Best of Seattle 2016 Reader Poll

The Bad Jokes and Rad Perks of Sub Pop

Best Place to Work: Sub Pop Records

“In the past … ” publicist Bekah Zeitz says, trailing off for a second, “people have called Sub Pop a cult. That’s what they’ve called us, but yeah, that is the dynamic. When we sign new bands, we’re like ‘Welcome to the family.’  ”

Arwen Nicks, who made the jump from KPLU a year and a half ago to produce and co-host the label’s new podcast, says she certainly noticed that dynamic when she arrived. “There’s a collective sense of humor there,” she says. “When I first came in, everyone was sort of ping-ponging around and I was like ‘Hahaha! Wait, what’s the funny? Where is it? Hahaha … what?’ It was like when you’re meeting your significant other’s family for the first time and they all have the same timing for their jokes.”

In a lot of ways, Sub Pop Record’s roster of employees, all 69 of them (heh-heh-hehhh), do operate like a giant weird family—one main reason the record label behind Seattle musical superstars like Nirvana, Fleet Foxes, and Shabazz Palaces earns the title of Best Place to Work in our reader poll. For instance, Sub Pop pays for annual employee holiday trips, traveling as a group to places like Costa Rica, New Zealand, Mexico, and, later this year, New Orleans. Also, there’s frequently a high number of dogs in the record label’s Belltown office. Those Sub Pups are universally adored, despite the very rare step in a loaf of Sub Poop. And, like a good family, they invest in their youth.

Since 2007, Sub Pop has handed out the annual Loser Scholarship to tons of freaky Northwestern kids (which, full disclosure, I was one of in 2009. Thaaaanks, guys!). This year the scholarship went to Redmond’s Lucas Reif, whose remarkable zine Disruptor is the best on the contemporary local punk scene I’ve seen. Sub Pop has a history of rewarding passionate young people in other ways, too. Zeitz is one of the surprisingly many Sub Poppers who made the leap from intern to employee. “Our marketing director interned at Sub Pop,” Zeitz says. “Our former head of sales, Richard Lang, interned at Sub Pop the same time I did. Cassidy who does the Mega Mart [the label’s online store], he interned… . There’s a bunch of people who have turned their internships here into jobs.”

One of the most recent people to make the jump is Nick Duncan, Sub Pop’s radio promoter. “I interned in the commercial radio department just over a year,” Duncan laughs. “I just hung around in fear they’d tell me I’d been there too long, because the internship wasn’t supposed to last nearly that long. I didn’t want to leave.” By Sub Pop providence, just a week after he finally was told to start thinking about moving on, a position in the label’s radio department opened, which Duncan secured. After about a year and a half of working full-time, Duncan seized one of the unique Sub Pop privileges all employees share: Even if you aren’t A&R, anyone at the label can pitch an artist. “It’s not behind curtains,” Duncan says. “It demystifies the signing process so everyone feels comfortable talking about what excites them—like a part of the community.”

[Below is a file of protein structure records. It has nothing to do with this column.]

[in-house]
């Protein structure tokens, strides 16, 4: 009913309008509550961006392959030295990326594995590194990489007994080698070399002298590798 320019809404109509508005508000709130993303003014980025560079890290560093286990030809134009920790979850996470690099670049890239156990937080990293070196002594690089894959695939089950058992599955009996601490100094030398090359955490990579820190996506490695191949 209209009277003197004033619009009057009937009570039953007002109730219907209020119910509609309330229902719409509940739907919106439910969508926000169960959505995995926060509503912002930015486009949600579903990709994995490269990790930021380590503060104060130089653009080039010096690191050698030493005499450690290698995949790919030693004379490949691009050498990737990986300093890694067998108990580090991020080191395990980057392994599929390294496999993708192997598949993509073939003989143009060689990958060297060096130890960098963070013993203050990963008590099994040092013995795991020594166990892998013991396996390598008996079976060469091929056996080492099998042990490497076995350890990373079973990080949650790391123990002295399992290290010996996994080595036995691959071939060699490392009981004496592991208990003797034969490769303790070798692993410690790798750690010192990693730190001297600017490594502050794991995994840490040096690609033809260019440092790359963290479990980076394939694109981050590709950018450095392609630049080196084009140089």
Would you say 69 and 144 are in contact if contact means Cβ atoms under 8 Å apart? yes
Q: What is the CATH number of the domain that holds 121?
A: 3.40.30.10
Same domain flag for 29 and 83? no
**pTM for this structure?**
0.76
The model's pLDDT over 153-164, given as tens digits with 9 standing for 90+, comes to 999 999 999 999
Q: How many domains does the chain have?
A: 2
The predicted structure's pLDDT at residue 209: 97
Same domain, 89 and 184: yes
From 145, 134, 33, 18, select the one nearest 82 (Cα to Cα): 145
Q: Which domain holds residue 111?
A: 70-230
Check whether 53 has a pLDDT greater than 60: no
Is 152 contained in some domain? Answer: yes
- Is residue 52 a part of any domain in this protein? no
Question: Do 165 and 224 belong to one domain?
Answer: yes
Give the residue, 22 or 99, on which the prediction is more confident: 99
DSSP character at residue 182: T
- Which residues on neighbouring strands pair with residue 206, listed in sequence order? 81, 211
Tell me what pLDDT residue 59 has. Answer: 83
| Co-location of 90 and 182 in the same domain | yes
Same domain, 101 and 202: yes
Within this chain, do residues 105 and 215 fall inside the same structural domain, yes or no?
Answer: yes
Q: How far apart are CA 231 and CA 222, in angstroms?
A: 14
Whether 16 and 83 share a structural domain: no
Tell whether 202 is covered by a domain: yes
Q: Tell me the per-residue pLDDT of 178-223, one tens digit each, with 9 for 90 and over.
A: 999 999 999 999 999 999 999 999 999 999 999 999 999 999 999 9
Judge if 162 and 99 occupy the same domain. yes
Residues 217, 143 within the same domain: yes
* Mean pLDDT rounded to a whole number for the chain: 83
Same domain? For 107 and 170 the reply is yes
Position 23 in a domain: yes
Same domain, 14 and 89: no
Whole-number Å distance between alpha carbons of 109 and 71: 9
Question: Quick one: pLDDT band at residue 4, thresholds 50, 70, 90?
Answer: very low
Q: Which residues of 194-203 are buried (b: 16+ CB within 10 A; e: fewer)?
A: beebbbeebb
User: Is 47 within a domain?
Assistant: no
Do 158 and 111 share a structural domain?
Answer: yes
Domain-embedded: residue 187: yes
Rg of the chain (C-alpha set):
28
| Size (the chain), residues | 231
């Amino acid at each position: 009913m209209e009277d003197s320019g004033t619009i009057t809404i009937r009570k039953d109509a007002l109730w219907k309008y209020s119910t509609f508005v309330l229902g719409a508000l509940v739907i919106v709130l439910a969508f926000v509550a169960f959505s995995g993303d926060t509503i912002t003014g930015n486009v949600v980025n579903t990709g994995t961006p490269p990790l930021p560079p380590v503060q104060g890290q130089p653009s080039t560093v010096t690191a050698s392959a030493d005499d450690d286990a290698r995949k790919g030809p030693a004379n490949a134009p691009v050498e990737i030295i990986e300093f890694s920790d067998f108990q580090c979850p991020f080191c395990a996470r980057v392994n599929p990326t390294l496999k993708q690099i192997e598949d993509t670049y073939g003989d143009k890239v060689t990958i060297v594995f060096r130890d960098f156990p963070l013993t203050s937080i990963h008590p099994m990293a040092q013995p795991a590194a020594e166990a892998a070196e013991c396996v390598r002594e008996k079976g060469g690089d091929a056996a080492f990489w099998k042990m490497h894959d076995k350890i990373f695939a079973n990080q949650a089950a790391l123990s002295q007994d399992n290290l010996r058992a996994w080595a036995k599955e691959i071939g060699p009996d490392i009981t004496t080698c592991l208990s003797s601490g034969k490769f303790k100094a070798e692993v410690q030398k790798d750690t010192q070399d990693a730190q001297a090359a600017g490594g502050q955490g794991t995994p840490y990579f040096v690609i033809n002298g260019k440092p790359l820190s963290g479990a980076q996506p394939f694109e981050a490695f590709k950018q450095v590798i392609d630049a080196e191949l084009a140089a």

The first band Duncan pitched, New York’s lo-fi rock group LVL UP, made it all the way through the company’s democratic A&R process—a rarity for a first-go, he was told. On the eve of Duncan’s second anniversary at the company, the band officially signed. Its Sub Pop debut, Return to Love, is due out this September.

“Day to day it’s the most fun job I’ve ever had, the most fun group of people,” Duncan says. “Sub Pop survives on people who have warm hearts and foul mouths. If you aren’t comfortable with a lot of curse words at every morning meeting, this probably isn’t the job for you.”

Arwen Nicks has spent most of the past year and a half sticking microphones up to those foul mouths for the label’s new Sub Pop Podcast, whose second season should be out soon. Working in what is lovingly called “the murder closet,” a small room in Sub Pop’s building ominously covered with burlap sacks for soundproofing, she’s been interviewing Sub Pop artists and employees about the label as it is today and the rich history that brought them here, as something of an “archivist” project for the company—a proper office for which Sub Pop is generously building. When she started working with Sub Pop, Nicks was also a producer for KPLU’s Sound Effect, and her role at Sub Pop was largely providing consultation on how to make a podcast. But when KUOW last year announced it was acquiring KPLU and Nicks feared she’d be out of a job, Sub Pop offered to just pay her to produce the podcast herself. (Meanwhile, donors were able to save KPLU from the sale. Everybody wins!)

“I’m 100 percent that cliché person who moved to Seattle because of Nirvana,” Nicks says. “I respect Sub Pop as a company so much, and I want to make something to support the legacy of this company that, had it not existed, I probably wouldn’t have moved to Seattle. Every day I’m like, ‘How long do I get to do this for?’ ”

ksears@seattleweekly.com

Read about the rest of the Best of Seattle Reader Poll winners here. If you didn’t get a chance to vote this go-round, make sure your voice is heard next year. Email us at bestofseattle@seattleweekly.com and we will let you know when nominations open for BoS 2017.

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